Employers lose more than $36 billion each year due to worker absenteeism resulting from just five chronic conditions — high blood pressure, diabetes, physical inactivity, smoking, and obesity — reports the CDC. And according to the National Center for Complementary and Integrative Health (NCCIH), practices such as yoga, acupuncture, meditation, and tai chi can help improve outcomes for people with chronic conditions. We will all benefit from familiarizing ourselves with integrative care programs and services to better understand how these practices can contribute to a healthy and productive workforce.

Integrative Care – where are we now?

In 2021, the NCCIH released its first longitudinal analysis of the use of integrative care practices. The organization found that, from 1996 to 2013, the usage of massage therapy grew from 8.51% to 18.18%; meditation, from 13.33% to 23.67%; chiropractic, from 12% to 17.3%; and herbal products, from 5.03% to 7.14%. The organization also reports that in 2012, more than 30% of adults and 12% of children in the United States utilized integrative care practices. Globally, the market is expected to grow from $100.04 billion in 2021, to $315.5 billion in 2027, according to IMARC market research group.

From Alternative to Integrative

Despite the growing popularity of such services, the industry as a whole remains somewhat shrouded in mystery. From “complementary” to “alternative” to “integrative,” the nomenclature used to describe these services and practices can be confusing. One thing they all have in common, according to the NCCIH, is that they are typically not grounded in conventional, Western methods of diagnosing and treating disease. To help address the confusion, the NCCIH uses the following definitions:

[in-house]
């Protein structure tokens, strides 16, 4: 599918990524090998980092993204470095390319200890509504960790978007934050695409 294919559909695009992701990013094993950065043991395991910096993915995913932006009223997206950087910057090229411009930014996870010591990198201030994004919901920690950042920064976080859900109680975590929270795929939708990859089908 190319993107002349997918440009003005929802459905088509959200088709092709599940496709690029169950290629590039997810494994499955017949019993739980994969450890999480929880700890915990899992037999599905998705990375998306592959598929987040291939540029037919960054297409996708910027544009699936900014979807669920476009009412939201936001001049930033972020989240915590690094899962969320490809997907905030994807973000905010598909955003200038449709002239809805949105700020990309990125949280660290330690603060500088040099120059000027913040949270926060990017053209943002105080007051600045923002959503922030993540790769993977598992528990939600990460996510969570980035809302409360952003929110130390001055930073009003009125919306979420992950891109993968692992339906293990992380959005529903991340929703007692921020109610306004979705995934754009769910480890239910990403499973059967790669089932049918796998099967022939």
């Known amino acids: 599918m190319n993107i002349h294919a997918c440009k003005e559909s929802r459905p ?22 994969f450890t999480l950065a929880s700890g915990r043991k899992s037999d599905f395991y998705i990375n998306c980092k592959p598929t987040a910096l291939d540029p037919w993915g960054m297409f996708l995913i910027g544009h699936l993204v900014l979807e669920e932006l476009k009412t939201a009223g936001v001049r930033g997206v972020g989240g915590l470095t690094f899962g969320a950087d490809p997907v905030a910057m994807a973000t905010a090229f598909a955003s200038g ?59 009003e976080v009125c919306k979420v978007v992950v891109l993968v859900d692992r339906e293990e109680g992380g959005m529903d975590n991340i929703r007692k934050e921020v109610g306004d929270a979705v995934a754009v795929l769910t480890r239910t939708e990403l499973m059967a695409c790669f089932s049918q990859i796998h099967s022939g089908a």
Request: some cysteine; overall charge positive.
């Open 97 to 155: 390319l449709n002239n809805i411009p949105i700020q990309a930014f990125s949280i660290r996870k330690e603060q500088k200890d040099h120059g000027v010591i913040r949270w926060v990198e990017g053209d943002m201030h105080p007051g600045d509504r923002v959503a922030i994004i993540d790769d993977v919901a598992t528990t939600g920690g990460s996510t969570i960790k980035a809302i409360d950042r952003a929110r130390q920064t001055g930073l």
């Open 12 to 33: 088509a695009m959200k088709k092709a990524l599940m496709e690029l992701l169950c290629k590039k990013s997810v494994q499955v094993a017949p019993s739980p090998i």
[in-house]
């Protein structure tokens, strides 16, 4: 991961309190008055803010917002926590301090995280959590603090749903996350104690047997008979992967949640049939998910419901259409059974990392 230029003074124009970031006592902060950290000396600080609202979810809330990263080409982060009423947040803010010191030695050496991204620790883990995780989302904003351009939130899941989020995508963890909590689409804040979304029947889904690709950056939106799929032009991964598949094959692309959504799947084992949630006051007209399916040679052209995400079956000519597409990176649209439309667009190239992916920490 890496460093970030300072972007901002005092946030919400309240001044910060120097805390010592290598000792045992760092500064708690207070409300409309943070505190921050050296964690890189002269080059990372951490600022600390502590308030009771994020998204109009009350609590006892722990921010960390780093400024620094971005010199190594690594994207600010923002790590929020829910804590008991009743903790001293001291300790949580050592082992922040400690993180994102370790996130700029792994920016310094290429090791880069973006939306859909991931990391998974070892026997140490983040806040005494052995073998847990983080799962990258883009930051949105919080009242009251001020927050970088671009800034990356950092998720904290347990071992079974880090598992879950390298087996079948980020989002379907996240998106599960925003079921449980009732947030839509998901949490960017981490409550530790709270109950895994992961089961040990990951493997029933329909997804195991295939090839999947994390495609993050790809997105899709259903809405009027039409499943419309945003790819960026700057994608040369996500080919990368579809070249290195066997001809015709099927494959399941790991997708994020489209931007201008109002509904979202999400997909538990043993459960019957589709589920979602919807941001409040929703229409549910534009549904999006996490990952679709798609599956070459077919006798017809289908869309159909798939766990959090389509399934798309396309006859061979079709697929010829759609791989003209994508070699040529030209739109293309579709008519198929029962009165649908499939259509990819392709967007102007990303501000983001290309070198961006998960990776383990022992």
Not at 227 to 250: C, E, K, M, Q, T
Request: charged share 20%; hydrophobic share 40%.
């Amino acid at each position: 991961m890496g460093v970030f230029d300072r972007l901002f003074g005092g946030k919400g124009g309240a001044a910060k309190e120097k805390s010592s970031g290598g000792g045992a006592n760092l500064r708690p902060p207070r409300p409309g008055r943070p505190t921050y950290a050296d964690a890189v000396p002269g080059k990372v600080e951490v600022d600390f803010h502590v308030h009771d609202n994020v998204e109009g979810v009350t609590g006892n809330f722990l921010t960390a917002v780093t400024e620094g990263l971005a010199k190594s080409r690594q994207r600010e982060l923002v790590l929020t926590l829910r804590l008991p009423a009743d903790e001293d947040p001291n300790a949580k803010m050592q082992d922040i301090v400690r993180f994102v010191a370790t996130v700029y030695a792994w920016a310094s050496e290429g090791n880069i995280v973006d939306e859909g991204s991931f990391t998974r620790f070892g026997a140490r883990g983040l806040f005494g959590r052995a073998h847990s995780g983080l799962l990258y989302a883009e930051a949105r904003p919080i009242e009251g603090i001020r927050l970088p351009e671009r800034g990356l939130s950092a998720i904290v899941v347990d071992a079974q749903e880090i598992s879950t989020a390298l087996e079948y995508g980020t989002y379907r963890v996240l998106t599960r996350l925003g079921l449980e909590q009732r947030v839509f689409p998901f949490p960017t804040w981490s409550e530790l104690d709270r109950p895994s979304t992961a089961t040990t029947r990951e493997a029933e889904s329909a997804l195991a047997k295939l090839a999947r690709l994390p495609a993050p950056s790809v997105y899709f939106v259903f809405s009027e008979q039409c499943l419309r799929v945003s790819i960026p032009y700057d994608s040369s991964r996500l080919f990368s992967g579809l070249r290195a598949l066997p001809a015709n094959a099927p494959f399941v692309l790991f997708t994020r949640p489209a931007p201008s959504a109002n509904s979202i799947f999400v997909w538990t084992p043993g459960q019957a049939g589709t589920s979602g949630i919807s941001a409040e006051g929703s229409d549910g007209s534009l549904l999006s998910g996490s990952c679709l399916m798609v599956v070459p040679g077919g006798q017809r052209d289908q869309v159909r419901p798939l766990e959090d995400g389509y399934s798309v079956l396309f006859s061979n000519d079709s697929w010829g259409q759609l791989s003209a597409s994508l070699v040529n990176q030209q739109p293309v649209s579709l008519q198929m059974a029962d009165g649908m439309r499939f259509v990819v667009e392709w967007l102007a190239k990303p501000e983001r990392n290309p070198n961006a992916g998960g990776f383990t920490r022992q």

• Alternative: treatments used in lieu of Western medical recommendations
  • Complementary: treatments used in addition to traditional Western medical practices
  • Integrative: treatments that bring complementary and Western medical approaches together in a coordinated way

Moreover, practices and services can be categorized as:

  • Nutritional: e.g., diet, supplements, herbal treatments
  • Psychological: e.g., mindfulness and meditation
  • Physical: e.g., massage and chiropractic
  • Combination: e.g., yoga, tai chi, health coaching

In integrative care, the focus is on treating the whole person rather than only the diagnosis. For example, a patient may take medication and seek psychotherapy for anxiety while working with a meditation and mindfulness coach to help manage emotional regulation, improve sleep, and eating patterns. 

At SimplaFYI, we are committed to expanding awareness and access to vetted integrative care practitioners at preferred pricing and providing programs to support wellbeing and reduce healthcare costs. By offering SimplaFYI to your employees, you’ll be advancing their wellbeing and contributing to a more productive workforce. www.simplafyi.com/employers 

Carol Swanson writes blogs in the health & wellbeing and finance sectors. She can be reached at: [email protected]